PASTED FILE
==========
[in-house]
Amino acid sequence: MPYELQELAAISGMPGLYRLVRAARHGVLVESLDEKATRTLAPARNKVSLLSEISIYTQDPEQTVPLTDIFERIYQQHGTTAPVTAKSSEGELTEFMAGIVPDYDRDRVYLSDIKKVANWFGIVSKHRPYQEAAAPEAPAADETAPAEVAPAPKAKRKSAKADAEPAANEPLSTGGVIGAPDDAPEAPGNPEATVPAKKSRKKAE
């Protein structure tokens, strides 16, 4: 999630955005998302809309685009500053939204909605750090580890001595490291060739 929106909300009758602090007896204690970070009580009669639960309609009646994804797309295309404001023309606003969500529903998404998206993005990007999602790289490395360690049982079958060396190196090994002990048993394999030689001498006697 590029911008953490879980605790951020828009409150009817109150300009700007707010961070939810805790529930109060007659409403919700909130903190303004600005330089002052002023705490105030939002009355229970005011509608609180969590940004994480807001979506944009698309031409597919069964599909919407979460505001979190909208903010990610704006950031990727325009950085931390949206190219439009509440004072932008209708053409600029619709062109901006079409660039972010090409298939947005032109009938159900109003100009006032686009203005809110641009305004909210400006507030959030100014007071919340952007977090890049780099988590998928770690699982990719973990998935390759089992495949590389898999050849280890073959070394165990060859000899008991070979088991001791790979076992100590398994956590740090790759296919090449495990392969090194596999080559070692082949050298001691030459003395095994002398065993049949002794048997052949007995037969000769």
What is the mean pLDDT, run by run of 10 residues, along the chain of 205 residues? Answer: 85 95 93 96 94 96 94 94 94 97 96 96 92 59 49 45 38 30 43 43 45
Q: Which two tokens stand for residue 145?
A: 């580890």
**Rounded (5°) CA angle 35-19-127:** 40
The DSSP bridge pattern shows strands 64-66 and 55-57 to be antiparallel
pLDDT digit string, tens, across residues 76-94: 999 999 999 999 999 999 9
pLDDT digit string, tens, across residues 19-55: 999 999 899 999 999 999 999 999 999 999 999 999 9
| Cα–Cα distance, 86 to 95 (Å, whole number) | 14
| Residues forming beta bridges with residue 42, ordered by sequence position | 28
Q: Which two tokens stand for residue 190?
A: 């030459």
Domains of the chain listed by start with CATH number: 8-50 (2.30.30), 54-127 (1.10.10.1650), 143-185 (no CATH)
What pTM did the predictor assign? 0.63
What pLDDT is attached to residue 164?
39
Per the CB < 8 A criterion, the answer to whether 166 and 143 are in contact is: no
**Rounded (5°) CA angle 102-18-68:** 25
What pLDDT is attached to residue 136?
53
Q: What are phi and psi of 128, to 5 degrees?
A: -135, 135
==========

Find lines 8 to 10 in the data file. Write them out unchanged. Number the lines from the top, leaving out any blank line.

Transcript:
The DSSP bridge pattern shows strands 64-66 and 55-57 to be antiparallel
pLDDT digit string, tens, across residues 76-94: 999 999 999 999 999 999 9
pLDDT digit string, tens, across residues 19-55: 999 999 899 999 999 999 999 999 999 999 999 999 9